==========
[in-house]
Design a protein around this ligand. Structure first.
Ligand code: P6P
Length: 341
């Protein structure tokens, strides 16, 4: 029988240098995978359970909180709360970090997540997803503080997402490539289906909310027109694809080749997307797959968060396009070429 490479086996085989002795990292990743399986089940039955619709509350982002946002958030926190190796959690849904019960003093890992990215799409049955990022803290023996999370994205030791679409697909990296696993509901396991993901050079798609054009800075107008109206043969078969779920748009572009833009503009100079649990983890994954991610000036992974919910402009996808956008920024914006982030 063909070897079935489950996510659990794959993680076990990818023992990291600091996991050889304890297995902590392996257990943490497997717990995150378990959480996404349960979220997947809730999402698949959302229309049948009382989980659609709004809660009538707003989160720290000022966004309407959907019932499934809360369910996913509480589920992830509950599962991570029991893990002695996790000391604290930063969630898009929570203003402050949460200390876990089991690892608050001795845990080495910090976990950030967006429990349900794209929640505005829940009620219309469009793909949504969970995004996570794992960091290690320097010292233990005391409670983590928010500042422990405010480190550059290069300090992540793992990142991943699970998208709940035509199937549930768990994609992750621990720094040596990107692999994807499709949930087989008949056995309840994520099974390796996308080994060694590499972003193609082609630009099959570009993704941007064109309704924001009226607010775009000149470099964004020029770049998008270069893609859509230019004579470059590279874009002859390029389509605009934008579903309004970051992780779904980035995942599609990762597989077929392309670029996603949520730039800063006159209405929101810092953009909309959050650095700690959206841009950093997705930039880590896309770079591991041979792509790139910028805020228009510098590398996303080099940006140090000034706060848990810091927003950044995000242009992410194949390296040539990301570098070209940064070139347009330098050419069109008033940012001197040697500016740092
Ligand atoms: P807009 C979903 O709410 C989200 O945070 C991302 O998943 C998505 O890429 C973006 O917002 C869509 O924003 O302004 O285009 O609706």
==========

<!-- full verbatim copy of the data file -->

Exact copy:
[in-house]
Design a protein around this ligand. Structure first.
Ligand code: P6P
Length: 341
């Protein structure tokens, strides 16, 4: 029988240098995978359970909180709360970090997540997803503080997402490539289906909310027109694809080749997307797959968060396009070429 490479086996085989002795990292990743399986089940039955619709509350982002946002958030926190190796959690849904019960003093890992990215799409049955990022803290023996999370994205030791679409697909990296696993509901396991993901050079798609054009800075107008109206043969078969779920748009572009833009503009100079649990983890994954991610000036992974919910402009996808956008920024914006982030 063909070897079935489950996510659990794959993680076990990818023992990291600091996991050889304890297995902590392996257990943490497997717990995150378990959480996404349960979220997947809730999402698949959302229309049948009382989980659609709004809660009538707003989160720290000022966004309407959907019932499934809360369910996913509480589920992830509950599962991570029991893990002695996790000391604290930063969630898009929570203003402050949460200390876990089991690892608050001795845990080495910090976990950030967006429990349900794209929640505005829940009620219309469009793909949504969970995004996570794992960091290690320097010292233990005391409670983590928010500042422990405010480190550059290069300090992540793992990142991943699970998208709940035509199937549930768990994609992750621990720094040596990107692999994807499709949930087989008949056995309840994520099974390796996308080994060694590499972003193609082609630009099959570009993704941007064109309704924001009226607010775009000149470099964004020029770049998008270069893609859509230019004579470059590279874009002859390029389509605009934008579903309004970051992780779904980035995942599609990762597989077929392309670029996603949520730039800063006159209405929101810092953009909309959050650095700690959206841009950093997705930039880590896309770079591991041979792509790139910028805020228009510098590398996303080099940006140090000034706060848990810091927003950044995000242009992410194949390296040539990301570098070209940064070139347009330098050419069109008033940012001197040697500016740092
Ligand atoms: P807009 C979903 O709410 C989200 O945070 C991302 O998943 C998505 O890429 C973006 O917002 C869509 O924003 O302004 O285009 O609706």